Caile-Bailey House added to Underground Railroad Network

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Posted 5/12/21

WASHINGTON — Second Gentleman of the United States Douglas Emhoff and Secretary of the Interior Deb Haaland last week announced 16 additions to the National Park Service’s National …

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Caile-Bailey House added to Underground Railroad Network

Posted

WASHINGTON — Second Gentleman of the United States Douglas Emhoff and Secretary of the Interior Deb Haaland last week announced 16 additions to the National Park Service’s National Underground Railroad Network to Freedom Program. The Lizzie Amby Escape Site, a privately owned home in Cambridge, is one of those listings which was accepted as a site in the Network.

The new listings join nearly 700 other sites, programs, and facilities in the network that honor, preserve, and promote the history of resistance to enslavement through escape and flight. A recording of the event can be viewed via YouTube.
“[This] announcement reminds us of the dark pages in our history books, but also highlights the incredible strength and resilience of Black communities,” said Interior Secretary Deb Haaland. “We need to look no further than the news of this week to know that our work is not done and commit ourselves to real progress. To do that, we must start by recognizing the history that brought us here.”

The event capped National Park Week, an annual weeklong celebration of America’s national parks which encourages the public to explore the vast network of our national parks, sacred sites, and historical landmarks, as well as our shared heritage contained within them.
At the event, National Park Service Chief Historian Dr. Turkiya Lowe and Park Ranger Casimer Rosiecki from Gulf Islands National Seashore highlighted two of the new listings, including the Lizzie Ambie Escape Site in Cambridge, Maryland, and the Barrancas in Pensacola, Fla.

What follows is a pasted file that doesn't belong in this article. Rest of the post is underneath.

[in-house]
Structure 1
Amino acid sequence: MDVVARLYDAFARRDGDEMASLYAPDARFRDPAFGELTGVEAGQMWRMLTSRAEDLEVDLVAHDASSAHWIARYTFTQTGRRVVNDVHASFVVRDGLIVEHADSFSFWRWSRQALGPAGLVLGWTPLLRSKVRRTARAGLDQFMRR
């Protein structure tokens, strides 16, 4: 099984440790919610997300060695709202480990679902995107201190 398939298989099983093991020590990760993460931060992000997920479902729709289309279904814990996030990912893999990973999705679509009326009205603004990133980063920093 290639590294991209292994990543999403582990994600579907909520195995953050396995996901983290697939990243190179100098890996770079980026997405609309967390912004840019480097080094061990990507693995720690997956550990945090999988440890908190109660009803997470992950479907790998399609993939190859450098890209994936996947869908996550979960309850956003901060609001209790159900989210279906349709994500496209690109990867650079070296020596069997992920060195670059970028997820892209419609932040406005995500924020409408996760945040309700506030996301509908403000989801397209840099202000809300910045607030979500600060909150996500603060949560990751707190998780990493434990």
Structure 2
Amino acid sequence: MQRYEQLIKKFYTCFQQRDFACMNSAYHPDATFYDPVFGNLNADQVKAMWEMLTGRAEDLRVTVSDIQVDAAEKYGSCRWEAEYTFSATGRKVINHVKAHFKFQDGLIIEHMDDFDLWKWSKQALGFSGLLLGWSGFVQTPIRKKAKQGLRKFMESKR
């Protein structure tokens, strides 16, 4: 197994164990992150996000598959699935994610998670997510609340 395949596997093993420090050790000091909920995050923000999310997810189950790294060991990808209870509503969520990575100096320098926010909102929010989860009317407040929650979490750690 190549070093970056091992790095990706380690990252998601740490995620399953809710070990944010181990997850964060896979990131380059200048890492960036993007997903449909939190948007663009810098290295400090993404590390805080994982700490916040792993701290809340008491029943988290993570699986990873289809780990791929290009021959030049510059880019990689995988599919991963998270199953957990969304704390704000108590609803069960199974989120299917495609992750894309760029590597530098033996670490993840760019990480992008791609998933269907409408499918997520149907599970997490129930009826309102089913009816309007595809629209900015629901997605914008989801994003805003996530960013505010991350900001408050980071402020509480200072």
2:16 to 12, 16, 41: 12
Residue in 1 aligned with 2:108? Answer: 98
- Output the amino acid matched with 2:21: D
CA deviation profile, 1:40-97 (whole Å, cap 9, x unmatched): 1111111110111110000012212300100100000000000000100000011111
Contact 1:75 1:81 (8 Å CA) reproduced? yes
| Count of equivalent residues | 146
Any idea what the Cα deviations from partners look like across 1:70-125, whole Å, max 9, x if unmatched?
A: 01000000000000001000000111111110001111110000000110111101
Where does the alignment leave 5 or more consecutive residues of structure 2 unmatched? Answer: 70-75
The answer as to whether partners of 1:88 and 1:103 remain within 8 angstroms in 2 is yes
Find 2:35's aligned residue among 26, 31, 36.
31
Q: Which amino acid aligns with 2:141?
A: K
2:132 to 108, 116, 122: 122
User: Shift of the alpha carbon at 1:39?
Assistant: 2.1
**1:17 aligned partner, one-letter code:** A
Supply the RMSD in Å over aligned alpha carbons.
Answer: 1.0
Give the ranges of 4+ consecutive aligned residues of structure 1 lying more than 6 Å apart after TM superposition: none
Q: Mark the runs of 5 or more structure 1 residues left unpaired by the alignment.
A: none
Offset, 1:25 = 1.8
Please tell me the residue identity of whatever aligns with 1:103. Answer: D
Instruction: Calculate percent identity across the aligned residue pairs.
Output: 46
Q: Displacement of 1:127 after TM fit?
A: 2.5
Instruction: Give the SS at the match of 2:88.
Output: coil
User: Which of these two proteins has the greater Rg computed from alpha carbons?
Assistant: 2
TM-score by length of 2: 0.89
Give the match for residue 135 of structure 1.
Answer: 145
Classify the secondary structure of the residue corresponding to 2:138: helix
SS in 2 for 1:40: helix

In October 1857, Dr. Alexander Bayly placed an advertisement in a local newspaper looking for 28-year-old Lizzie. Dr. Bayly enslaved Lizzie in Cambridge, until she and her husband, Nat, escaped.

They travelled to Pennsylvania, where they met famed Underground Railroad activist William Still. He interviewed the couple, where they told Still that Lizzie would “wade through blood and tears for her freedom.”
“The Underground Railroad was pivotal to the ongoing struggle for civil rights, and the stories of freedom seekers, such as Lizzie Ambie, who bravely self-liberated are still humbling to us today,” said Dr. Turkiya Lowe. “The Network to Freedom Program is dedicated to amplifying diverse histories and providing a platform to convey a more complete history of our country.”

The Underground Railroad Network to Freedom Program is a catalyst for innovation, partnerships, and scholarship that connects and shares the diverse legacy of the Underground Railroad across boundaries and generations. It coordinates preservation and education efforts nationwide and integrates local historical places, museums, and interpretive programs associated with the Underground Railroad into a mosaic of community, regional, and national stories.

There are now 680 listings in 39 states, Washington, D.C., and the U.S. Virgin Islands in the Network. Each one provides insight into the diverse experiences of freedom seekers who escaped slavery, and their allies.
The Lizzie Ambie escape site is located along the Harriet Tubman Underground Railroad Byway in Dorchester County. To learn more, visit their website.